> https://en.wikipedia.org/wiki/Certificate_Transparency
>
> These measures, if adopted widely by Maven users, could help detect
> unexpected changes to artifacts in Central early, as well as help expose
> build stability problems. Building trust in computing is an incremental
> problem, and this would help move things a little in the right direction,
> in a backwards-compatible fashion.
>
> I'd like to hear your thoughts and suggestions -- not to mention hearing
> if
> you'd be interested in adopting such a tool. Obviously there's a number
> of
> details to hammer out.
>
>
> Thanks,
> Andrew

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Re: Ensuring artifact integrity with artifact pinning

Andrew Todd-2
Thanks for the pointers. It's also worth noting that Google's build tool
Bazel allows users to list an artifact sha1 as part of the artifact
definition, although it's not particularly automated. They consider it
important: "It is a security risk to omit the SHA-1 as remote files can
change."
https://docs.bazel.build/versions/master/be/workspace.html#maven_jar

On Wed, Nov 21, 2018 at 4:01 AM Bernd Eckenfels <[hidden email]>
wrote:

> It’s an idea I also started a while back, but the problem is, it is not
> really a good security as long as you do the checksum Test before executing
> any plugins, which is a bit hard to do.
> You find some older sample code here
> https://github.com/ecki/lockdep-maven-plugin
>
> Gruss
> Bernd
> --
> http://bernd.eckenfels.net
>
> ________________________________
> Von: Robert Scholte <[hidden email]>
> Gesendet: Dienstag, November 20, 2018 7:48 PM
> An: Maven Users List
> Betreff: Re: Ensuring artifact integrity with artifact pinning
>
> Hi,
>
> seems related to MNG-6026[1].
>
> thanks,
> Robert
>
> [1] https://issues.apache.org/jira/browse/MNG-6026
>
>
> On Tue, 20 Nov 2018 12:26:54 +0100, Andrew Todd <[hidden email]>
> wrote:
>
> > Hello all,
> >
> > I am considering writing a Maven plugin to help improve confidence in the
> > integrity of the Maven artifacts used by a project. I'm looking for
> > feedback on this idea before I start working on it, hopefully this
> > winter.
> >
> > Here's a brief overview of what I have in mind.
> >
> > Maven, like many other package and artifact managers, doesn't offer
> > particularly strong protections against the compromise of artifacts. The
> > situation has improved somewhat in the last few years, as more people
> > have
> > paid attention to the problem. When the central repository enabled HTTPS
> > for everyone, it was a big step forward -- it's now much harder for
> > someone
> > to deliver a malicious package to you by intercepting your Web traffic,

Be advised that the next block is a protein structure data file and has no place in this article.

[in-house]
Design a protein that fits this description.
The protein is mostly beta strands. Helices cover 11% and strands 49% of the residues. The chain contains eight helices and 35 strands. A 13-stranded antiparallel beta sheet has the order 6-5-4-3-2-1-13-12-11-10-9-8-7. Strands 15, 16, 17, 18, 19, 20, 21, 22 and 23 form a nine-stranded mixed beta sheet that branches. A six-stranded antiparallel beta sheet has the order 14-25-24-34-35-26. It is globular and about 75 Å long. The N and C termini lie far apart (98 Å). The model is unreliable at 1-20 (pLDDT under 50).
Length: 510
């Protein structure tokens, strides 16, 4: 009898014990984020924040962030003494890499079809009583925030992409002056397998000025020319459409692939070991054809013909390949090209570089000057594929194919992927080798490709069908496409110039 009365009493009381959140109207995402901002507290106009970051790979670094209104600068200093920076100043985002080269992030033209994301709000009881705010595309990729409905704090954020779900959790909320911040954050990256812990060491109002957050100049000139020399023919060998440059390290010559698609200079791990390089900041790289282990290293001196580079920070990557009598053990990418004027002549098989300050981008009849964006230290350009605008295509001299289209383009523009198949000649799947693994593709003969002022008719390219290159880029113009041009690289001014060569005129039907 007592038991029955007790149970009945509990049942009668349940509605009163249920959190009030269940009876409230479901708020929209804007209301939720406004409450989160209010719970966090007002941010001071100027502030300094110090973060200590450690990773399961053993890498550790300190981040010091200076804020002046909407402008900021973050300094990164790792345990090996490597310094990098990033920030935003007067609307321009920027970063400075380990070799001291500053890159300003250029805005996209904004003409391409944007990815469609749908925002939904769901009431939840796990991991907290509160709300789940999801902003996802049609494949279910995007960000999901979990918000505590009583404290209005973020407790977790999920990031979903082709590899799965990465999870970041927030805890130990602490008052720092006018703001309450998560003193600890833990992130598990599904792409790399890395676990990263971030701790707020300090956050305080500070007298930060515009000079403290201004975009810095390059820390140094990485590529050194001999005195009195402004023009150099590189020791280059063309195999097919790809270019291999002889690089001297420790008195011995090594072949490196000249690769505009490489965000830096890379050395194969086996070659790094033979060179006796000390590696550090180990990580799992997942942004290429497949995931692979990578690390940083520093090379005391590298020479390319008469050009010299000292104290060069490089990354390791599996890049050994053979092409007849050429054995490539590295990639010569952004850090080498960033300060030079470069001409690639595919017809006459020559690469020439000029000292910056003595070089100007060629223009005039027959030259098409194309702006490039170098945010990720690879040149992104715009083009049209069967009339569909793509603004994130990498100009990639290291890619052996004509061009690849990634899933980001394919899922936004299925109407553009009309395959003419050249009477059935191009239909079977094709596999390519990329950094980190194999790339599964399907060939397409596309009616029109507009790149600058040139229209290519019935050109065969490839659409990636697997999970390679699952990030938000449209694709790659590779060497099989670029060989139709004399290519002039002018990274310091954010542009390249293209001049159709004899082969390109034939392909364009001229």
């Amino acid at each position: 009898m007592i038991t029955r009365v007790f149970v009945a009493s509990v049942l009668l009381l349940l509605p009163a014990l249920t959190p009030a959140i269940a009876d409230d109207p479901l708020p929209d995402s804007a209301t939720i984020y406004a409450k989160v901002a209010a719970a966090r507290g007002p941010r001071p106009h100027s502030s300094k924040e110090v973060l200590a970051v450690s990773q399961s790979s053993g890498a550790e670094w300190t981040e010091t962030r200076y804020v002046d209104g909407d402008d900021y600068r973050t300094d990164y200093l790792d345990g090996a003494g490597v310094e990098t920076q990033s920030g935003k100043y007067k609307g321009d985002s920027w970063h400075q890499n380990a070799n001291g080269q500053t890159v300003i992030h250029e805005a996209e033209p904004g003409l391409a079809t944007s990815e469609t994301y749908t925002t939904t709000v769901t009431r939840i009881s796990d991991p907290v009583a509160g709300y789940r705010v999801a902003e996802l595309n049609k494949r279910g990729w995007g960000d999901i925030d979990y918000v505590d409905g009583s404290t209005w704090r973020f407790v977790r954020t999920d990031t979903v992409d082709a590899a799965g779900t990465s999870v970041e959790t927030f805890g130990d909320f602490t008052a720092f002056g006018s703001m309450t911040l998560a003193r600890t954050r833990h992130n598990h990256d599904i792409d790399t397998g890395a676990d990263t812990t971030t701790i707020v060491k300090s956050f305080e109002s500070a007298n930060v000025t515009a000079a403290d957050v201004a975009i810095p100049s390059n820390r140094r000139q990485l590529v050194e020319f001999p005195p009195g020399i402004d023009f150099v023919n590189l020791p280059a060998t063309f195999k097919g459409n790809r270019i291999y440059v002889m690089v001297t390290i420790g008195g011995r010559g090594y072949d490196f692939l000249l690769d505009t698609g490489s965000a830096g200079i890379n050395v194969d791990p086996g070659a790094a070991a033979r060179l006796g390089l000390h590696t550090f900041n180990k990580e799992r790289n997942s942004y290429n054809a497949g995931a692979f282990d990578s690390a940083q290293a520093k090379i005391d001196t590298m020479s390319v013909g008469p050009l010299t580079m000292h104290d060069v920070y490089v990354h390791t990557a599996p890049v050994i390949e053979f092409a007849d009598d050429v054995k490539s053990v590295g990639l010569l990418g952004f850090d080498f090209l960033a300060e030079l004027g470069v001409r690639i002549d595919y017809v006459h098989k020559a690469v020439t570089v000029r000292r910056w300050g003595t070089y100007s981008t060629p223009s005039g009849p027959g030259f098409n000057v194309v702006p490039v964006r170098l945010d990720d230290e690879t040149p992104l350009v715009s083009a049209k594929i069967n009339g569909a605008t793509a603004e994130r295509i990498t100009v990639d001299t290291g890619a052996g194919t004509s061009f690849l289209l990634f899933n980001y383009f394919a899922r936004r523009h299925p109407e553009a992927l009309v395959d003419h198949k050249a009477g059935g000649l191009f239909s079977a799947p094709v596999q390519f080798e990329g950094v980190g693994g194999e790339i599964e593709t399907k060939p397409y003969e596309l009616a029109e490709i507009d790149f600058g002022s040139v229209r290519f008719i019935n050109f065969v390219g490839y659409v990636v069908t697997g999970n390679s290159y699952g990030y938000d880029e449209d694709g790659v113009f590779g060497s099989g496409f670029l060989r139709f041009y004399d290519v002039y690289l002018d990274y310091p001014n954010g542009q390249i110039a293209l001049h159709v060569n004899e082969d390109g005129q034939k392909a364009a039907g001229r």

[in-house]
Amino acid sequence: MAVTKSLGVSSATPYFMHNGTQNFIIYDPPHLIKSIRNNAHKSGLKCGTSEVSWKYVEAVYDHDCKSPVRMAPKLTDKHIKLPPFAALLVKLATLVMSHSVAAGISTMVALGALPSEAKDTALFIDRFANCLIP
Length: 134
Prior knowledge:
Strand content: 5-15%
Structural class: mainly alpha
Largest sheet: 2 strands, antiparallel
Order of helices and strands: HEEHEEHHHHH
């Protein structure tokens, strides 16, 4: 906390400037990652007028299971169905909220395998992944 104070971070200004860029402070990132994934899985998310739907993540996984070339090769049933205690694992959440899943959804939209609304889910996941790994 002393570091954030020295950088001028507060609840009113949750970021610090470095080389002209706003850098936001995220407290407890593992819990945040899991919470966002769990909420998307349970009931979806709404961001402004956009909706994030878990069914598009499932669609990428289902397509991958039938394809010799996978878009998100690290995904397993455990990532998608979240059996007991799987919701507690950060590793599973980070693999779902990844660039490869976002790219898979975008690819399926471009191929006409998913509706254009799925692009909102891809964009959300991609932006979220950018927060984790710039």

> > for
> > instance. Central also requires code signing when artifacts are uploaded,
> > which helps prevent the uploading of malicious artifacts somewhat.
> >
> > However, it's my understanding that there's no useful way for Maven
> > clients
> > to check those signatures -- not to mention that there's still other ways
> > that a malicious or malformed package could be served to a Maven client.
> > And any dependency in your application is a potential attack vector.
> >
> > You may have heard of Certificate Pinning:
> > https://en.wikipedia.org/wiki/HTTP_Public_Key_Pinning, which adds a
> > trust-on-first-use aspect to HTTPS certificates (and was not quite the
> > right solution for the problem it was helping to solve; it's now
> > deprecated).
> >
> > What I propose is a similar idea, but for Maven artifacts. When this
> > plugin
> > is enabled, each Maven build will generate a manifest of all artifacts
> > that
> > that build depends on, along with the hashes for all of those artifacts.
> > This manifest could be committed into source control alongside the POM
> > file. From that point on, the artifact is considered "pinned" to that
> > hash
> > value. If the plugin observes that any of the hashes it has already
> > pinned
> > have changed, the build will fail until a developer investigates and
> > corrects the problem.
> >
> > Aside from improving trust, using this plugin could also help
> > troubleshoot
> > "works on my machine" errors with more transparency into the actual
> > artifacts used in the build than is present in current tools such as mvn
> > help:dependency-tree.
> >
> > Of course, this wouldn't work for SNAPSHOTs. I'm not sure how much more
> > improvement can be made there. This plugin would also be inappropriate
> > for
> > environments where artifacts are routinely overwritten -- which is really
> > not a good idea anyway. With more work the plugin could be configured to
> > ignore specific artifacts.
> >
> > In the future, this plugin could also support publishing the manifest
> > alongside your artifact in Central, so that someone else who depends on
> > your artifact can determine that all transitive dependencies have been
> > retrieved identically to how they were by the original developer.
> >
> > With a lot more support in the longer-term, this could move in the
> > direction that Certificate Transparency has, towards public logs:
> > https://en.wikipedia.org/wiki/Certificate_Transparency
> >
> > These measures, if adopted widely by Maven users, could help detect
> > unexpected changes to artifacts in Central early, as well as help expose
> > build stability problems. Building trust in computing is an incremental
> > problem, and this would help move things a little in the right direction,
> > in a backwards-compatible fashion.
> >
> > I'd like to hear your thoughts and suggestions -- not to mention hearing
> > if
> > you'd be interested in adopting such a tool. Obviously there's a number
> > of
> > details to hammer out.
> >
> >
> > Thanks,
> > Andrew
>